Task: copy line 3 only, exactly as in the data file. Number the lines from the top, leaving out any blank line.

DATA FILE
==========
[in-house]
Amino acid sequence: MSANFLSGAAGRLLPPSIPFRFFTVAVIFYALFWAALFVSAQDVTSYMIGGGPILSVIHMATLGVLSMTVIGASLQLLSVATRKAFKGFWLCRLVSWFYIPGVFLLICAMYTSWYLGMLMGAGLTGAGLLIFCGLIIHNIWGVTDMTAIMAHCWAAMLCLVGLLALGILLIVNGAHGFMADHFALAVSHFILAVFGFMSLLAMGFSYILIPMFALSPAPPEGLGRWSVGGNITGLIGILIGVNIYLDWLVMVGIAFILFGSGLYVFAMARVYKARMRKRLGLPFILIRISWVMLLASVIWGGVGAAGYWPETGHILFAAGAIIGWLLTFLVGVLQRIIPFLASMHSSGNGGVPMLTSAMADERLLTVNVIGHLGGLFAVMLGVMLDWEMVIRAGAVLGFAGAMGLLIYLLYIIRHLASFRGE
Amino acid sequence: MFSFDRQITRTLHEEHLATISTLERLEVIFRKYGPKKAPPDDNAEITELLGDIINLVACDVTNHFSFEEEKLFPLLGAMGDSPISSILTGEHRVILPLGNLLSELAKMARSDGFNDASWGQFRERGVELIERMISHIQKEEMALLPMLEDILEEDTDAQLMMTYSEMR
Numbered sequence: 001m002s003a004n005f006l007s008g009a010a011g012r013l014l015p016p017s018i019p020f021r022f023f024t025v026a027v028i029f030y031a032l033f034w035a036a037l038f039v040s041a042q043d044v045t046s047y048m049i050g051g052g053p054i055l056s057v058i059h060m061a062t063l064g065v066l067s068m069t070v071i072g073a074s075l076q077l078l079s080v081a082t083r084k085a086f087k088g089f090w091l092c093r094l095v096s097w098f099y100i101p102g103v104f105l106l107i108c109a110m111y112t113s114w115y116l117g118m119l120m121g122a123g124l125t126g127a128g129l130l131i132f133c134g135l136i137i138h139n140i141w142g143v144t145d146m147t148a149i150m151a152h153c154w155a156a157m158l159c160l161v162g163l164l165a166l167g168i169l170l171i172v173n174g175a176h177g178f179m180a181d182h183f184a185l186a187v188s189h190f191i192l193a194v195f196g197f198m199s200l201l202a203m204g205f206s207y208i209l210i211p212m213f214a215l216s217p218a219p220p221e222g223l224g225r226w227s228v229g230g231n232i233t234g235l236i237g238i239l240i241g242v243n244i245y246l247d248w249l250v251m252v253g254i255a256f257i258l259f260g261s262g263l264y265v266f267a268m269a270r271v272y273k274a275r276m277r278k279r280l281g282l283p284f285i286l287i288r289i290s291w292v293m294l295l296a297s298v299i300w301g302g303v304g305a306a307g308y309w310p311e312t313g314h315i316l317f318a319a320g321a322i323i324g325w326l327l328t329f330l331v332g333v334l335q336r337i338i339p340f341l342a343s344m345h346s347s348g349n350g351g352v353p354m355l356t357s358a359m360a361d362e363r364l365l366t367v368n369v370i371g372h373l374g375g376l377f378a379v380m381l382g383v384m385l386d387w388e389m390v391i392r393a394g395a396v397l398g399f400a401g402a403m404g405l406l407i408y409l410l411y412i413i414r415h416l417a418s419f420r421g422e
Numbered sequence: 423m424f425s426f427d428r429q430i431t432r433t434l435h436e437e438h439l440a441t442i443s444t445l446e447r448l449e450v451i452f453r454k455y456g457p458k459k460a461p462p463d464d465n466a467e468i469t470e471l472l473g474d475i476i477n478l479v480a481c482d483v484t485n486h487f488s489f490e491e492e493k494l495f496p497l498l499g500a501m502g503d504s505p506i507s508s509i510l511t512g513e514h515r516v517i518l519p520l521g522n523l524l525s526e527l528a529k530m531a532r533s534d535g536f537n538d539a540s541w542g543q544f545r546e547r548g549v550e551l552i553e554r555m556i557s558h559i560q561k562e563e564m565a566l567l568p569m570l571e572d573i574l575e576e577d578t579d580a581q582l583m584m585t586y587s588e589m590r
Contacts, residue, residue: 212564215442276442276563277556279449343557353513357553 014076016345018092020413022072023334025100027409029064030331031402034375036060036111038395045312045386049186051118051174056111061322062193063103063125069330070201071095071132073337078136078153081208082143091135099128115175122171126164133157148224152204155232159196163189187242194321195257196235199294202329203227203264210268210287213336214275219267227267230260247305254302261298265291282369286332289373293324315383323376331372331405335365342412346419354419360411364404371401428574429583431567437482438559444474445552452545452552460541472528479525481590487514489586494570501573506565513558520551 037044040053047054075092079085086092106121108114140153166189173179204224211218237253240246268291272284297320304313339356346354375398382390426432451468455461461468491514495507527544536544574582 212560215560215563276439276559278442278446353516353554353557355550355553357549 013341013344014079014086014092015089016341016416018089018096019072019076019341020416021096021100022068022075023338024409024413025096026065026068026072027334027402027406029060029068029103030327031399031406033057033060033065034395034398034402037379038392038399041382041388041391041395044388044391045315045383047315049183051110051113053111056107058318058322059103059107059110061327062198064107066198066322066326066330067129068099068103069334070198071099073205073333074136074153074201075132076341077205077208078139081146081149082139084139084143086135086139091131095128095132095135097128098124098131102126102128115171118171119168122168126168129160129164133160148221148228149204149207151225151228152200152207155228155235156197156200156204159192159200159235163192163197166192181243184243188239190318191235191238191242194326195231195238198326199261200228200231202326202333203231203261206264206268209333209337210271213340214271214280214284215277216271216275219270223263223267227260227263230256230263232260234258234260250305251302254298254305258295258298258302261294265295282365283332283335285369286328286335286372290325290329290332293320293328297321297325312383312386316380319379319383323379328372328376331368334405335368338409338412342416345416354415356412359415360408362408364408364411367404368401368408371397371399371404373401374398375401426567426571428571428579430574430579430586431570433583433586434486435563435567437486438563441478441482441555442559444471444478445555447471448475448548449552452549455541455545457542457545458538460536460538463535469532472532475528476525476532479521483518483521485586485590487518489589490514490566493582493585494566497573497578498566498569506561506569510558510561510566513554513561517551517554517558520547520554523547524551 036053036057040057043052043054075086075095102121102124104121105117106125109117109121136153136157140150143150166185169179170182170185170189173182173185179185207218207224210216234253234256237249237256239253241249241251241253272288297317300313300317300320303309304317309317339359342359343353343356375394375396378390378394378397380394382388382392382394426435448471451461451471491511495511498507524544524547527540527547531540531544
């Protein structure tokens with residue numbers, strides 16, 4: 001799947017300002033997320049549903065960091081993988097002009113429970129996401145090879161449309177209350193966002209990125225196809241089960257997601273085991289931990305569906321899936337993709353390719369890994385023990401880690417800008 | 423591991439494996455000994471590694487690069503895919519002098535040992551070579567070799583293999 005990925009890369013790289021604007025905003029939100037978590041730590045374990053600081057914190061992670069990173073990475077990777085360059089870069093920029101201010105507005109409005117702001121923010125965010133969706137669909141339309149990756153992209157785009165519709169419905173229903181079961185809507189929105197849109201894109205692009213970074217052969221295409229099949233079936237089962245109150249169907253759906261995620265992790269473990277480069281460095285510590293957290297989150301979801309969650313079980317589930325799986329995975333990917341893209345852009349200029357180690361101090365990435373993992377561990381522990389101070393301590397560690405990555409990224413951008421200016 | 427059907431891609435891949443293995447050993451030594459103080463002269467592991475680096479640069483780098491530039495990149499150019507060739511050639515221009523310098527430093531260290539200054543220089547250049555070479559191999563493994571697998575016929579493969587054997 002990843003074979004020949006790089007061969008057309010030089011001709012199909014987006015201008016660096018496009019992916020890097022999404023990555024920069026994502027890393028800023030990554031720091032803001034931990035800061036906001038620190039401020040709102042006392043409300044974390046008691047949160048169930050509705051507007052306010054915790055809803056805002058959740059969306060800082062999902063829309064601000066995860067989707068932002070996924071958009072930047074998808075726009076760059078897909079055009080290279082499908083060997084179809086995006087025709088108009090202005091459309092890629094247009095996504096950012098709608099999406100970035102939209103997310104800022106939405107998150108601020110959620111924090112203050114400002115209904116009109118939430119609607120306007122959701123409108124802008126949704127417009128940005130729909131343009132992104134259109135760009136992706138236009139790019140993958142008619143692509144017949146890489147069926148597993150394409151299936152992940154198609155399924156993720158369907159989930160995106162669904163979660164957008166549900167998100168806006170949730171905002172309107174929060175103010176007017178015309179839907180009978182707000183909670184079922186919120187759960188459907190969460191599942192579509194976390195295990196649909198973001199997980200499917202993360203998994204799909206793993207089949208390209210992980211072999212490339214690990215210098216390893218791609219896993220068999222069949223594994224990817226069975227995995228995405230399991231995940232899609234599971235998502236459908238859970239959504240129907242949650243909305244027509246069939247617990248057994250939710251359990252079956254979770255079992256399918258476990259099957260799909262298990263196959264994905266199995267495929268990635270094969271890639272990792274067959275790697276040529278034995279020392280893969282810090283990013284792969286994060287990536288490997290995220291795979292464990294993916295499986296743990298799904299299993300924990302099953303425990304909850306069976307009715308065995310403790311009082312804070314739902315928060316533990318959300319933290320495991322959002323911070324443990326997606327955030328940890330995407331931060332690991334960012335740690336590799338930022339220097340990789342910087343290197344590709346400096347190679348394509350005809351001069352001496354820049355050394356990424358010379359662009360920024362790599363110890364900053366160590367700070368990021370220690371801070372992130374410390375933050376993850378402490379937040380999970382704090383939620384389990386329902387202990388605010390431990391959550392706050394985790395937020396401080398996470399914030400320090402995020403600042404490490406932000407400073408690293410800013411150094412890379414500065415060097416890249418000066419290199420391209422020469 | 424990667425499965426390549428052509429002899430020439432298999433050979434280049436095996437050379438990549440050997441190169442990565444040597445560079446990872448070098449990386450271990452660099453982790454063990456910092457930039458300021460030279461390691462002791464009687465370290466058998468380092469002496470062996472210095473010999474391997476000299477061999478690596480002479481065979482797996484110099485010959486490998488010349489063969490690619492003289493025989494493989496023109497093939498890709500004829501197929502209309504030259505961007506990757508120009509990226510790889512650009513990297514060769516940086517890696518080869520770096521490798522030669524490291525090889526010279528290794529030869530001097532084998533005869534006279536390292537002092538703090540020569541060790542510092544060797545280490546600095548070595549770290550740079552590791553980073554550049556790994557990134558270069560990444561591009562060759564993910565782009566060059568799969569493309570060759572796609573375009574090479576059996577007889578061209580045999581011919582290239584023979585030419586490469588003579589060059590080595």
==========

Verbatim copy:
Amino acid sequence: MFSFDRQITRTLHEEHLATISTLERLEVIFRKYGPKKAPPDDNAEITELLGDIINLVACDVTNHFSFEEEKLFPLLGAMGDSPISSILTGEHRVILPLGNLLSELAKMARSDGFNDASWGQFRERGVELIERMISHIQKEEMALLPMLEDILEEDTDAQLMMTYSEMR